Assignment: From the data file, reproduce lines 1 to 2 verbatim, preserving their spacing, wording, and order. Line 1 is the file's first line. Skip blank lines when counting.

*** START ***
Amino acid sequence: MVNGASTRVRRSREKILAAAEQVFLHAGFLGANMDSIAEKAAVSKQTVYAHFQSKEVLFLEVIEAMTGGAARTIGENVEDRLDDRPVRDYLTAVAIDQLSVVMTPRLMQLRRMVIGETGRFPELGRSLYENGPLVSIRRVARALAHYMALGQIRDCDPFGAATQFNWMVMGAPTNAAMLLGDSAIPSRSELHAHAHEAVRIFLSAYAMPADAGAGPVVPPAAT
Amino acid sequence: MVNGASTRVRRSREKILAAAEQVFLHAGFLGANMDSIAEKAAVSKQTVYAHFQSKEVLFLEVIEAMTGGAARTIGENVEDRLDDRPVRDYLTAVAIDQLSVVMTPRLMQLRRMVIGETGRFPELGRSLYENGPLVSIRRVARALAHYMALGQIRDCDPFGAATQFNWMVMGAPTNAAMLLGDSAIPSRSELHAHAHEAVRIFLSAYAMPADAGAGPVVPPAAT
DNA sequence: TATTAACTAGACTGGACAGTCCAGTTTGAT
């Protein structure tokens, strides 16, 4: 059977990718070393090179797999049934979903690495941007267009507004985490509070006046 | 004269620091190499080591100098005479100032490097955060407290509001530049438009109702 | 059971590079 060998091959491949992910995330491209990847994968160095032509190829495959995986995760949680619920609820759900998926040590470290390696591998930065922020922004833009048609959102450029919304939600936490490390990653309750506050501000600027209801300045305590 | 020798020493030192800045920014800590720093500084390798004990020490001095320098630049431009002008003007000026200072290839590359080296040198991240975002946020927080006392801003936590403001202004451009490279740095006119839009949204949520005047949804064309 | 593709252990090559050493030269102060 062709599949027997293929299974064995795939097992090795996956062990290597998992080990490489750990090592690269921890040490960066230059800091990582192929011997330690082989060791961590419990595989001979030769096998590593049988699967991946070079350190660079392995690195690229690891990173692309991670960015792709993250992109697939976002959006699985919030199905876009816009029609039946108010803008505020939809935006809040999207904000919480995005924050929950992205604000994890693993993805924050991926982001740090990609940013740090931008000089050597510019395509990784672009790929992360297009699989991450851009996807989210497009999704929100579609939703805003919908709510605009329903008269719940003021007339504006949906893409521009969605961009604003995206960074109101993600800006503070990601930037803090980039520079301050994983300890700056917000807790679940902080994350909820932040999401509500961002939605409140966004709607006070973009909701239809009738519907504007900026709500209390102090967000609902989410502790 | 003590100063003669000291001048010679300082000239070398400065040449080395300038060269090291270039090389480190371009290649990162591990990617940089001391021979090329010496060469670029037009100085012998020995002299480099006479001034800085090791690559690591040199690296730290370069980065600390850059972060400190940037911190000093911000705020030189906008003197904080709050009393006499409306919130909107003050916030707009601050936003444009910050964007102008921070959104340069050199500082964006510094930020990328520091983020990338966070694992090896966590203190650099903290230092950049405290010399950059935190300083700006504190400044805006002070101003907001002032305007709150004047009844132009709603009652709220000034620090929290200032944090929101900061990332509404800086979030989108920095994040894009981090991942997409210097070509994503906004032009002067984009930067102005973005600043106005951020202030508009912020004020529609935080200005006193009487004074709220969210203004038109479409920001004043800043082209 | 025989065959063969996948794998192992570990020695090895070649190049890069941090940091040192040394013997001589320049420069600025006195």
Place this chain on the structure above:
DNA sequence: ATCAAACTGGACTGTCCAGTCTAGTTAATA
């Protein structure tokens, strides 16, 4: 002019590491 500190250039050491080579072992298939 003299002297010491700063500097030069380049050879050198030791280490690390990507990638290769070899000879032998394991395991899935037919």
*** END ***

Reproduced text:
Amino acid sequence: MVNGASTRVRRSREKILAAAEQVFLHAGFLGANMDSIAEKAAVSKQTVYAHFQSKEVLFLEVIEAMTGGAARTIGENVEDRLDDRPVRDYLTAVAIDQLSVVMTPRLMQLRRMVIGETGRFPELGRSLYENGPLVSIRRVARALAHYMALGQIRDCDPFGAATQFNWMVMGAPTNAAMLLGDSAIPSRSELHAHAHEAVRIFLSAYAMPADAGAGPVVPPAAT
Amino acid sequence: MVNGASTRVRRSREKILAAAEQVFLHAGFLGANMDSIAEKAAVSKQTVYAHFQSKEVLFLEVIEAMTGGAARTIGENVEDRLDDRPVRDYLTAVAIDQLSVVMTPRLMQLRRMVIGETGRFPELGRSLYENGPLVSIRRVARALAHYMALGQIRDCDPFGAATQFNWMVMGAPTNAAMLLGDSAIPSRSELHAHAHEAVRIFLSAYAMPADAGAGPVVPPAAT